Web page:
If you lost your employment today, how long could you survive without a job? In difficult financial times, people who never imagined themselves unemployed are facing this situation and it is lasting longer than they might have expected. The time to prepare for unemployment is right now, while you still have an income.
You might remember that in the Old Testament, Joseph helped the Pharaoh to understand that a famine was coming. Did God tell them to just trust Him and let it happen? No, He had Joseph instruct Pharaoh to prepare for the famine by storing food while there was still plenty of it. By doing so, not only were the Pharaoh’s people saved, but Joseph was able to save his own family from starvation.
When Noah was commanded to build an ark, God also told him to bring on board what he was going to need to survive—and to build the boat. God didn’t provide him with a ready-made and fully stocked yacht. He had to create it and fill it himself. Only rarely does God provide manna from Heaven. Most often, He expects us to try to meet our own needs, and then He makes up the difference.
How, then, can you get your ark ready for hard times? Food storage is one of the easiest ways to cut the budget in a family. When there is no money, you can eat from your pantry. When you do have money, you can save on the cost of food by buying in bulk and on sale, because you don’t need anything specific most of the time.
It is not wise to go into debt to build a food storage. It doesn’t have to be obtained all at one time. If you have the money, you can jump-start the process by buying a larger amount to start. For instance, if your store has pasta sauce on sale for forty cents less per jar than it normally costs, you might decide to buy twenty or thirty all at once. While forty cents isn’t a lot of money, when you multiply it by thirty cans, it begins to make a difference. If you don’t have enough money to do this, simply buy one or two jars more than you expect to need before your next shopping trip. If you always buy a little more than you need of things that keep a long time, you will eventually have enough to get by. Be sure to take note of the expiration dates and don’t buy more than you’ll need before items expire.
When you’re first starting out, it is helpful to stock up on those items essential to sustain life first. What would you absolutely have to have if you had no money at all to spend on groceries? You would probably want baking supplies so you could make your own bread—flour, sugar, salt…the staples. You would want a basic supply of grains, fruits, and vegetables, with enough protein to keep you healthy. Once you have those, you can begin building up the other items that would make eating more pleasant.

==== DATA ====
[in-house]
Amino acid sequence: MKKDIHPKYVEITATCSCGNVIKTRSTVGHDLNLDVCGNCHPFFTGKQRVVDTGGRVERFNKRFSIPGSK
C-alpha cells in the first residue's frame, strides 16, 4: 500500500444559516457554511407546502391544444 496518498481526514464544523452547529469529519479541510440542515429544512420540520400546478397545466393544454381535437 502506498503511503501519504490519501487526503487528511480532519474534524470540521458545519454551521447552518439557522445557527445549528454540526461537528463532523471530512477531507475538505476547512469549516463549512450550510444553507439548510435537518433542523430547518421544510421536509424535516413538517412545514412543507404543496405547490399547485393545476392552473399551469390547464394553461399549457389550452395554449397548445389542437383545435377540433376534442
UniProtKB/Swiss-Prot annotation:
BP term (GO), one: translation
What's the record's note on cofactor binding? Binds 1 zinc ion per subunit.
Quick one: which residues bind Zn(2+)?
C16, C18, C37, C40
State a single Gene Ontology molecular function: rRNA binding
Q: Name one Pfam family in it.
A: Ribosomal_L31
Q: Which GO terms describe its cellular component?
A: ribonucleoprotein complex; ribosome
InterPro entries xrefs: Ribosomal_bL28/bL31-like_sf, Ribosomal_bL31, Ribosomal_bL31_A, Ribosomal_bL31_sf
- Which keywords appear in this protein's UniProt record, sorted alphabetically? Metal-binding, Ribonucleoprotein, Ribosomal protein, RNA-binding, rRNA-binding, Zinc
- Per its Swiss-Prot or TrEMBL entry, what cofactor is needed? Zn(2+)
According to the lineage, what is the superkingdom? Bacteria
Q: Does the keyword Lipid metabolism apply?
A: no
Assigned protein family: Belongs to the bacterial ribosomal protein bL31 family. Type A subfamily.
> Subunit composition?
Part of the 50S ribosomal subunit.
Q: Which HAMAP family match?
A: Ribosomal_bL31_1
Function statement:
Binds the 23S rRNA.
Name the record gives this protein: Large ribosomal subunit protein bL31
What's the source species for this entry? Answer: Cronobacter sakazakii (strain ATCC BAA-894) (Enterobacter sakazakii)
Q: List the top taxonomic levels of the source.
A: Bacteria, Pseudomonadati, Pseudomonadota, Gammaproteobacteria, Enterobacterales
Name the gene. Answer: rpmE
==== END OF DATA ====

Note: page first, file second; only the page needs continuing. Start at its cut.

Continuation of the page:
Of course, you will need more than just food. You will need cleaning supplies, hygiene items, and baby care materials. Start making a list of what you use on a regular basis. Stock up on the ones that are critical to your survival.
In weather emergencies, people often find themselves without clean water. Store water barrels to get you through a week or so without water. It can sometimes take that long for emergency services to get to you. Stores often sell out during dangerous times. In a blizzard, you might be snowed in for a week. Don’t forget about first aid, supplies, flashlights, batteries, a non-electric can-opener, and a battery-operated radio.
This type of food storage is not hoarding. Hoarders normally buy food and supplies, but then put them in their basement and forget about them. When members of The Church of Jesus Christ of Latter-day Saints, whose members are sometimes called Mormons, store food—and they are considered the experts on the subject—they rotate their storage and use it regularly.
This means that when food comes into the house, it needs to be organized so the newest food is at the back or bottom of the supply. The oldest items are at the front. When we see our kitchen pantry has no canned peaches, we don’t head for the store—we go to the basement or wherever our storage is—and bring some cans upstairs. When we buy new food, we take it to our storage area, not our kitchen cabinet.
While it’s helpful to have a basement for this storage, it isn’t essential. Creative people find all sorts of ways to fit storage into small homes—they cover it with a board and a cloth and call it a coffee table, for instance. They stash it under beds and in closets. Sometimes they decorate boxes and place them right out in the open. If you’re having to keep your storage all over the house, make sure to keep an inventory. You don’t want to find yourself racing around the house searching for the corn.
What are the benefits of having a supply of food and other commodities in our home? As mentioned earlier, if you are unemployed or simply have a brief financial emergency, you can immediately cut costs by not shopping for a while except to obtain perishables. Even if you don’t have a complete storage, there will be some items you won’t need to buy during this time.
However, the storage can also get you through a week when you are sick and not up to shopping, a snowstorm, or a week that is simply very busy. It can bring your grocery costs down because you never have to pay full price for anything. The most important benefit, though, might be peace of mind. When you look at that supply of food and know you will at least eat, whatever happens, it can relieve your stress and make you feel more secure about the future. The money saved by buying in bulk or on sale can go into a savings account that can also assure you’ll have a place to live and the utilities you need.
Learn more about family preparedness.